Less than 1% of Secular Census respondents expressing an opinion about military chaplains selected that option, while 68% chose the response which accommodates all soldiers regardless of faith status: “Both religious and specifically secular or humanist chaplains should serve in the military.” Even the position of total neutrality, no chaplains at all, received just 16% support.

The take-away message? Atheists don’t like to see government endorsement or funding of religion, but we aren’t as hard core as many would assume.


Tomorrow: Myth #3: Atheists want to kick God out of public schools and indoctrinate children in atheism.


Mary Ellen Sikes is the founder, president, and developer of the American Secular Census. She became involved in the secular movement in the early 1990s, went on to found and lead a local humanist group, and has served in various staff, officer, advisory, and board positions for regional and national organizations, most recently as a co-founder of Secular Woman.

Screen capture of American Secular Census About page.

American Secular Census methodology: Because not all registrants complete every form or every question, sample sizes vary from topic to topic and cannot be generalized. Until the Census reaches a 5-figure registry overall, analysis should be considered suggestive rather than statistically authoritative; however, most questions now have sample sizes approaching or exceeding those of nationally recognized surveys.

Evolutionary Psychology, Necessary Complexity, and the Null Hypothesis

There is a tendency in discussing evolutionary psychology toward confusion over what should be the proper null hypothesis. To put it simply, what do we assume* in the absence of evidence for an hypothesis?

This confusion is not specific to evolutionary psychology. It is a problem whenever we talk about studying topics in which many of us already consider ourselves experts. Being human, we are, of course, all experts on what that means. Or we think we are. So we think we know what base assumptions about humanity we should use absent any evidence to the contrary.

Picture of graffito by Banksy: caveman with fast food burger, fries, and shake

Detail of photo by Lord Jim of Banksy’s caveman. Some rights reserved.

The fact of the matter is, however, that we are not experts, not most of us. We haven’t studied the huge bodies of literature coming out of anthropology, psychology, and sociology that would be required to have to the first clue what kind of assumptions are warranted. Our assumptions are based on “Everybody knows” and some very simplified understanding of biology and living in a world in which variability is to a large degree defined as dysfunction. They are rarely nuanced or complex.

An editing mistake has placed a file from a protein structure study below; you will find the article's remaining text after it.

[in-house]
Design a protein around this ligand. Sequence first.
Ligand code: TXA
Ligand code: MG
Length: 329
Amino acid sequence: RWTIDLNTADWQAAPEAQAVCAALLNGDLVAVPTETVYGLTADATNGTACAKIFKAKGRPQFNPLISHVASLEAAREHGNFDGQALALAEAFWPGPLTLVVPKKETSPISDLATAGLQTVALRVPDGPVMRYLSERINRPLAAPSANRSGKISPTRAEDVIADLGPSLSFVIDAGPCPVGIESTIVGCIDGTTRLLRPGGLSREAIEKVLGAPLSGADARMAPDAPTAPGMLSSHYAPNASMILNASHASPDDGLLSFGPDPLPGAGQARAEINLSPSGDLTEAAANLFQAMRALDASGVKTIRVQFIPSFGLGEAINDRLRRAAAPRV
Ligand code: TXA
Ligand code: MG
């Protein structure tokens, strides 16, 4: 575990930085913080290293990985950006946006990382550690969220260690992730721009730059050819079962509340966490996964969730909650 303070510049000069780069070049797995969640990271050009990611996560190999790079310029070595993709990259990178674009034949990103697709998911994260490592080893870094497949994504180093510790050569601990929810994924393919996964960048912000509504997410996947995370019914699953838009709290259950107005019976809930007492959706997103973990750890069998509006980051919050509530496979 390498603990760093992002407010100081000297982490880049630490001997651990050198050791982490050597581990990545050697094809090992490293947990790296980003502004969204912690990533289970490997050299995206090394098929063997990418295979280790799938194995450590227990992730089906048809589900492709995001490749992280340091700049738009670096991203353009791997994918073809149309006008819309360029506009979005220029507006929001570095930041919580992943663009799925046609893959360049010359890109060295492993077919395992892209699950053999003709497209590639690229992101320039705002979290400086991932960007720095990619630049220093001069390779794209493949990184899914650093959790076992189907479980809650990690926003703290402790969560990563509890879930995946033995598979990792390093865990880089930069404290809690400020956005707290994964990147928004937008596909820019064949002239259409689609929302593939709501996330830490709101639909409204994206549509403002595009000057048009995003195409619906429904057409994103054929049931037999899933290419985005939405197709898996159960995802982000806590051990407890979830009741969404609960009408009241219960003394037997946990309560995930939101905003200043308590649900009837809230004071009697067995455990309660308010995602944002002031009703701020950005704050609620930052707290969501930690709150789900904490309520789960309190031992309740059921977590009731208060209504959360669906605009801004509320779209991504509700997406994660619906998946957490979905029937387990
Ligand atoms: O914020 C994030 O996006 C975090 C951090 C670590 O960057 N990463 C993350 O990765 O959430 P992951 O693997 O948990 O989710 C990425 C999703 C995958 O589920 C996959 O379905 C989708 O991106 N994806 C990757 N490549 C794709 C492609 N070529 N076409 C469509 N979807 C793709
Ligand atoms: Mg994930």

This means that when we hear someone arguing against a particular interpretation of data, when we hear someone say that a hypothesis was not supported, we tend to think that person is arguing for a null hypothesis that is…well, somewhat out there. Someone tells us that the data is insufficient to determine whether a particular difference observed between two groups is genetic, and far too many of us hear that person assert that there is no genetic influence on behavior. Genetic influence is treated as an all-or-nothing proposition.

I know. When I put it like that, it sounds a bit silly, but it happens with amazing regularity.
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Atheist Myth #1: Contributing Nothing

This is a guest post from Mary Ellen Sykes, who runs the American Secular Census. It’s the first in a series of five posts that will run this week.

Five Myths About Atheists
Does your preconception agree with reality? The data may surprise you.

American Secular Census logo, bar graph next to organization name.Atheists: the untrusted, the maligned, the “other.” Poll a sampling of Americans on their attitudes toward the godless, and you’ll find that atheists are less likely than almost any other group to be voted for, welcomed into the family, or included in a broad vision of what it means to be American. Yet little of substance is known about this demographic, many of whom are closeted, hard to identify, or statistically lumped together with unchurched believers.